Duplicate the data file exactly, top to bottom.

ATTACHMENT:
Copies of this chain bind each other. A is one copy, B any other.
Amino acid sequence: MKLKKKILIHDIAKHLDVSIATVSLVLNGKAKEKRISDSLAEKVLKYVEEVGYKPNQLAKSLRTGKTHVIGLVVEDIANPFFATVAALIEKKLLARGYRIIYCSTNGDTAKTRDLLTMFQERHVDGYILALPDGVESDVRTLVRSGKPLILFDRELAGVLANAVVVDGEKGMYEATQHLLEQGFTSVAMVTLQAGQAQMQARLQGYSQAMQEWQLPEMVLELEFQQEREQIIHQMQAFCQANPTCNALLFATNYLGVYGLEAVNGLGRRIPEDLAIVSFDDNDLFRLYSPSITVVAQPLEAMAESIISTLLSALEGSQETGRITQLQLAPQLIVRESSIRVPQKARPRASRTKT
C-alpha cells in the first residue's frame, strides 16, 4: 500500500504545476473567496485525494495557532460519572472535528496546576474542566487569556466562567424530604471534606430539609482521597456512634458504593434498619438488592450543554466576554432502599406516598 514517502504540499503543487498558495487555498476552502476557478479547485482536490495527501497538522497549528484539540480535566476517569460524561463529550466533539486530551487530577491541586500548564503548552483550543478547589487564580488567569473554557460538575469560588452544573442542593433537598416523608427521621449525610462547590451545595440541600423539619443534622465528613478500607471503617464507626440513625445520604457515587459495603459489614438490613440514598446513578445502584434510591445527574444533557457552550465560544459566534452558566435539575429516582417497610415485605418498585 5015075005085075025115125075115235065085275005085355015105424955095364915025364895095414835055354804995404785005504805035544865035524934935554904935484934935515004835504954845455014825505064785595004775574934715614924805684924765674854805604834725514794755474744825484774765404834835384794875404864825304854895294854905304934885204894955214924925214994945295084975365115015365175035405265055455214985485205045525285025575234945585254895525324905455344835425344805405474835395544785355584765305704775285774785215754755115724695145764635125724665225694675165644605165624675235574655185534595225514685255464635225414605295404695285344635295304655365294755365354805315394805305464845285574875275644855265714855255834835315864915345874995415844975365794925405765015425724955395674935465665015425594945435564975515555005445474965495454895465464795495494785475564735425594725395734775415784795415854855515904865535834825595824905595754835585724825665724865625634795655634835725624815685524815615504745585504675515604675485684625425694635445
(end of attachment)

Copies of this chain bind each other. A is one copy, B any other.
Amino acid sequence: MKLKKKILIHDIAKHLDVSIATVSLVLNGKAKEKRISDSLAEKVLKYVEEVGYKPNQLAKSLRTGKTHVIGLVVEDIANPFFATVAALIEKKLLARGYRIIYCSTNGDTAKTRDLLTMFQERHVDGYILALPDGVESDVRTLVRSGKPLILFDRELAGVLANAVVVDGEKGMYEATQHLLEQGFTSVAMVTLQAGQAQMQARLQGYSQAMQEWQLPEMVLELEFQQEREQIIHQMQAFCQANPTCNALLFATNYLGVYGLEAVNGLGRRIPEDLAIVSFDDNDLFRLYSPSITVVAQPLEAMAESIISTLLSALEGSQETGRITQLQLAPQLIVRESSIRVPQKARPRASRTKT
C-alpha cells in the first residue's frame, strides 16, 4: 500500500504545476473567496485525494495557532460519572472535528496546576474542566487569556466562567424530604471534606430539609482521597456512634458504593434498619438488592450543554466576554432502599406516598 514517502504540499503543487498558495487555498476552502476557478479547485482536490495527501497538522497549528484539540480535566476517569460524561463529550466533539486530551487530577491541586500548564503548552483550543478547589487564580488567569473554557460538575469560588452544573442542593433537598416523608427521621449525610462547590451545595440541600423539619443534622465528613478500607471503617464507626440513625445520604457515587459495603459489614438490613440514598446513578445502584434510591445527574444533557457552550465560544459566534452558566435539575429516582417497610415485605418498585 5015075005085075025115125075115235065085275005085355015105424955095364915025364895095414835055354804995404785005504805035544865035524934935554904935484934935515004835504954845455014825505064785595004775574934715614924805684924765674854805604834725514794755474744825484774765404834835384794875404864825304854895294854905304934885204894955214924925214994945295084975365115015365175035405265055455214985485205045525285025575234945585254895525324905455344835425344805405474835395544785355584765305704775285774785215754755115724695145764635125724665225694675165644605165624675235574655185534595225514685255464635225414605295404695285344635295304655365294755365354805315394805305464845285574875275644855265714855255834835315864915345874995415844975365794925405765015425724955395674935465665015425594945435564975515555005445474965495454895465464795495494785475564735425594725395734775415784795415854855515904865535834825595824905595754835585724825665724865625634795655634835725624815685524815615504745585504675515604675485684625425694635445